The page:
37. “Only the Good Die Young”/Billy Joel
32. “Stay”/Jackson Browne
16. “Wonderful Tonight”/Eric Clapton

Opposite of the good-but-obscure singles, there are songs on this show I need never hear again.

34. “Love Is Like Oxygen”/Sweet
33. “You’re the One That I Want”/John Travolta and Olivia Newton-John

28. “I’m Not Gonna Let It Bother Me Tonight”/Atlanta Rhythm Section
27. “You Belong to Me”/Carly Simon
26. “Magnet and Steel”/Walter Egan
25. “If Ever I See You Again”/Roberta Flack
13. “Two Out of Three Ain’t Bad”/Meat Loaf

Wow, some of these songs are powerfully evocative of times, places, and people from my summer of 1978, but we aren’t going there, I swear.

30. “King Tut”/Steve Martin
24. “Thank God It’s Friday”/Love and Kisses
These songs bring back my ill-fated tenure as a roller-rink DJ, which you can read about if you scroll down in this post. I am pretty sure the guy who owned the rink paid more to run the ad at the top of this page than he paid me the whole summer.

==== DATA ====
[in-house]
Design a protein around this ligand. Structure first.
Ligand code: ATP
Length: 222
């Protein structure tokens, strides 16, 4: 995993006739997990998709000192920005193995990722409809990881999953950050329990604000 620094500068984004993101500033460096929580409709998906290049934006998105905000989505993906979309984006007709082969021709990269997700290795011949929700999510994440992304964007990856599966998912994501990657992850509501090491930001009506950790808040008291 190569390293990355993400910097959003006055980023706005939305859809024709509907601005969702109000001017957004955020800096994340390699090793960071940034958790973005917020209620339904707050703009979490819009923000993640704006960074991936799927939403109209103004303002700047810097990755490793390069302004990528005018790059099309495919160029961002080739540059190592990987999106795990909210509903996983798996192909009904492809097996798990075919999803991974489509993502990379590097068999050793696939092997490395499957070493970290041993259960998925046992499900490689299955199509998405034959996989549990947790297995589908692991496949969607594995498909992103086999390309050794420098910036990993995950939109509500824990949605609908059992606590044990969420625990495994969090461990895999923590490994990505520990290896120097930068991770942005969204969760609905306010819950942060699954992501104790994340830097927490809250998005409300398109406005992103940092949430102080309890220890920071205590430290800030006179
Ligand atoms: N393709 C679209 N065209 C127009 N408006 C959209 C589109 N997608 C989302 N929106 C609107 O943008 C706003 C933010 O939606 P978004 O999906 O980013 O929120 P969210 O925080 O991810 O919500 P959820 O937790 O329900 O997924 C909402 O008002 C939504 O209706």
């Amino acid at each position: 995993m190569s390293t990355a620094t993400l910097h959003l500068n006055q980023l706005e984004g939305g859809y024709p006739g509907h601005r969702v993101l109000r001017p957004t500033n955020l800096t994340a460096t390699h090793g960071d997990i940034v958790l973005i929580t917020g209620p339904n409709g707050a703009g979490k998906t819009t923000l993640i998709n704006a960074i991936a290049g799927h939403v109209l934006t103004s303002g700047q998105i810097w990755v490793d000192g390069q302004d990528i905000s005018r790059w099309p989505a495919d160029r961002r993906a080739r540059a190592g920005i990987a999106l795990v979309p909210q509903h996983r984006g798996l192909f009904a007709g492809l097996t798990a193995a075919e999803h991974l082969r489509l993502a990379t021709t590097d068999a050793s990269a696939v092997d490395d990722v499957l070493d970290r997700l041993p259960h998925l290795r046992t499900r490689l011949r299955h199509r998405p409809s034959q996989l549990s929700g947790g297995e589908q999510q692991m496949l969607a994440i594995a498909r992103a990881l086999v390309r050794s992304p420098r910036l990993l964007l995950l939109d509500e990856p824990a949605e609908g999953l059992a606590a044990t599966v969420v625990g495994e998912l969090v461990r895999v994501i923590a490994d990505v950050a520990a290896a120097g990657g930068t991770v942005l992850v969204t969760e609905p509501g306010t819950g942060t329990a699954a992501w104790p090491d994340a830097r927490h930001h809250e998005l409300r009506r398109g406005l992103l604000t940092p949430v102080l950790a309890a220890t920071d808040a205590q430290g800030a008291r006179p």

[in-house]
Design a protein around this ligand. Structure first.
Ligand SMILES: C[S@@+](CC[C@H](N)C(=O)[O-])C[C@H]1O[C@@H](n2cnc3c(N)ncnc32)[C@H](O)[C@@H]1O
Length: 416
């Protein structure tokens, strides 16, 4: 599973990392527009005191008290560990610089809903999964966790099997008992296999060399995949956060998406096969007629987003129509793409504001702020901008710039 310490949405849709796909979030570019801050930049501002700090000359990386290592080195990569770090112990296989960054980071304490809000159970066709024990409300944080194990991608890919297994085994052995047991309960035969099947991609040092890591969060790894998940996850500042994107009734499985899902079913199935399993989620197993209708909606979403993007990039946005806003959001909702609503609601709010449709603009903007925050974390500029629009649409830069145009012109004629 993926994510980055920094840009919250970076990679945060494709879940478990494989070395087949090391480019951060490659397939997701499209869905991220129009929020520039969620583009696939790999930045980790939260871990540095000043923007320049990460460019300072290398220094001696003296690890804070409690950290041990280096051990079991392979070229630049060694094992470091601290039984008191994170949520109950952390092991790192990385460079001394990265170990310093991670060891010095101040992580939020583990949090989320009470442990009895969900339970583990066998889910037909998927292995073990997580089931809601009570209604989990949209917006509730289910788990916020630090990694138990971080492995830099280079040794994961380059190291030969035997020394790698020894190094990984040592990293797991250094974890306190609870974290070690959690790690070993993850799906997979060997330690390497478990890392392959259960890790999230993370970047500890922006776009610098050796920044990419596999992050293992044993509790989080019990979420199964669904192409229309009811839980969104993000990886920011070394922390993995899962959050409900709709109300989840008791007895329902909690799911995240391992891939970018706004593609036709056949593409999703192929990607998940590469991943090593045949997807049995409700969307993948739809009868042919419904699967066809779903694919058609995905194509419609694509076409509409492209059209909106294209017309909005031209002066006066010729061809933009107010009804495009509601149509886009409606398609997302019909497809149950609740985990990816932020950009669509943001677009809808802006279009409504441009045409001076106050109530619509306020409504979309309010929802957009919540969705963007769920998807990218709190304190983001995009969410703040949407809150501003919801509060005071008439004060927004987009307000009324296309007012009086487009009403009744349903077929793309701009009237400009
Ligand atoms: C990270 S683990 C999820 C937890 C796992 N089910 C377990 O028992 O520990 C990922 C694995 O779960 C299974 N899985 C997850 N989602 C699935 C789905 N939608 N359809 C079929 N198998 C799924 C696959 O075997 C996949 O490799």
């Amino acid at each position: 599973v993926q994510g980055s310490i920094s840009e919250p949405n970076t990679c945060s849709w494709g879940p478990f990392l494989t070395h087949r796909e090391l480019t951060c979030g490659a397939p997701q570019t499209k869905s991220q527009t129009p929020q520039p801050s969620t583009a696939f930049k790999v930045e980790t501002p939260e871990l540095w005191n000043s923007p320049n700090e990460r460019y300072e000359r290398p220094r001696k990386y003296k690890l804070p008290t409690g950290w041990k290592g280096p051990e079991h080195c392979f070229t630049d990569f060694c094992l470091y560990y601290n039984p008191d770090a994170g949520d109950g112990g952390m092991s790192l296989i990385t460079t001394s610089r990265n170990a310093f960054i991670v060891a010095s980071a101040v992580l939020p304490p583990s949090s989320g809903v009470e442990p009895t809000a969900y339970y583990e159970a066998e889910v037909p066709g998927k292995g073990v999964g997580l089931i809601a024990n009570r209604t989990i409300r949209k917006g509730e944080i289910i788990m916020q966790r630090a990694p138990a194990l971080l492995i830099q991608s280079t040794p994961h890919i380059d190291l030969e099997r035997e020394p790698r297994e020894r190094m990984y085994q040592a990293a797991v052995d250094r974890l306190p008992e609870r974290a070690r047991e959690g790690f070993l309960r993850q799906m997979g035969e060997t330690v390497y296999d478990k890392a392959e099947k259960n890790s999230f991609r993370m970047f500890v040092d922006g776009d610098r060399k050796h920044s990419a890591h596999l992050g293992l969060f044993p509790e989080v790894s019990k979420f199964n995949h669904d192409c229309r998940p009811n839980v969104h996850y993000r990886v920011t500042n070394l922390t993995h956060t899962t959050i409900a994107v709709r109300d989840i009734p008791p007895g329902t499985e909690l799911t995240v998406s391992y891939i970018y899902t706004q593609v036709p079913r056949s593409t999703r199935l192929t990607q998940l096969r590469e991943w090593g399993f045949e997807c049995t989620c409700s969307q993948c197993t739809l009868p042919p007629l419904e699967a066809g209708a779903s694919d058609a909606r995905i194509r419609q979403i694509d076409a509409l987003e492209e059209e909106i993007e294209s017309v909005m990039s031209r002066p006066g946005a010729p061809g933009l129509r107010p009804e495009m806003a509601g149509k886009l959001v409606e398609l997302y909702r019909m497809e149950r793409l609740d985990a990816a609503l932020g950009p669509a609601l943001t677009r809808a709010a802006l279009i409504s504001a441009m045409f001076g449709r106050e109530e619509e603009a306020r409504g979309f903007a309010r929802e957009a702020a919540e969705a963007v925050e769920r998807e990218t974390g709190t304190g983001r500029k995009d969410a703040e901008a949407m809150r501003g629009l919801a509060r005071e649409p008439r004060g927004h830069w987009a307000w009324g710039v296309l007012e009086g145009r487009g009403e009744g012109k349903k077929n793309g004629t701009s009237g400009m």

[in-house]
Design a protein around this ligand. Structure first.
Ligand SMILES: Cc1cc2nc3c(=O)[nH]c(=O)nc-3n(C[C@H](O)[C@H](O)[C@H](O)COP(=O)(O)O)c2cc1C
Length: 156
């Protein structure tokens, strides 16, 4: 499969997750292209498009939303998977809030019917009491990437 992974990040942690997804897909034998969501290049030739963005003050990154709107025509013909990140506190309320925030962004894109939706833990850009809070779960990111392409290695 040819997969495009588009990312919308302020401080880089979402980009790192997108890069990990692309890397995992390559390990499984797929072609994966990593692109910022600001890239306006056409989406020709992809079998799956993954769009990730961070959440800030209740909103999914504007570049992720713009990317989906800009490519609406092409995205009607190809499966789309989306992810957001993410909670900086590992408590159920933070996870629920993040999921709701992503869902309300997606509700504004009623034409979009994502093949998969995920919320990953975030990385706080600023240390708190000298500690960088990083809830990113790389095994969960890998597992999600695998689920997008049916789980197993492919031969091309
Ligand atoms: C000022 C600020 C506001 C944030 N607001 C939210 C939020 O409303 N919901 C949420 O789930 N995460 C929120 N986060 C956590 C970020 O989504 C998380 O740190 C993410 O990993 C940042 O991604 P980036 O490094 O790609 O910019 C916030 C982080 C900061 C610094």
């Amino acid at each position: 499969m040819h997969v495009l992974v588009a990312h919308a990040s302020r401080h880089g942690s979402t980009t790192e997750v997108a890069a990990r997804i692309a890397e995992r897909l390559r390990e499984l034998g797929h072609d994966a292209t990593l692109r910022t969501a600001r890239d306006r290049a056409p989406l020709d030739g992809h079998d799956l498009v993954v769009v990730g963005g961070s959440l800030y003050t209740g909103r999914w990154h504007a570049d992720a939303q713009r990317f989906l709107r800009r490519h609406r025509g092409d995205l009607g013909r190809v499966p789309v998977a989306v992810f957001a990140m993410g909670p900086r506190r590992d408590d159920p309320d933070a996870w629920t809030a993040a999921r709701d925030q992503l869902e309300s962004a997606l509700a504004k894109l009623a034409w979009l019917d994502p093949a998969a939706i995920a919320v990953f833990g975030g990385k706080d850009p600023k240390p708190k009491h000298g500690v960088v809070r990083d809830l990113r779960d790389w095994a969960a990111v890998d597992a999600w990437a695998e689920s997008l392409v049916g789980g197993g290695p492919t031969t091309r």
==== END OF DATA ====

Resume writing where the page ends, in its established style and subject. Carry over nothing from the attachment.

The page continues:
22. “My Angel Baby”/Toby Beau. The judges will accept either “My Angel Baby” or the name “Toby Beau” as answers to the question, “What is the diametric opposite of ‘bad-ass’?”

15. “Runaway”/Jefferson Starship
14. “Love Will Find a Way”/Pablo Cruise
We had this moment of yacht-rock nirvana years before we knew what yacht rock was.

12. “Bluer Than Blue”/Michael Johnson. In the car the other day, I may have sung along with every word of this. Possibly.

10. “Last Dance”/Donna Summer. Between August of 1977 and May of 1980, there was exactly one week without a Donna Summer song on the Hot 100. (It was the week of May 6, 1978, just before this song debuted.)

7. “The Groove Line”/Heatwave
6. “Miss You”/Rolling Stones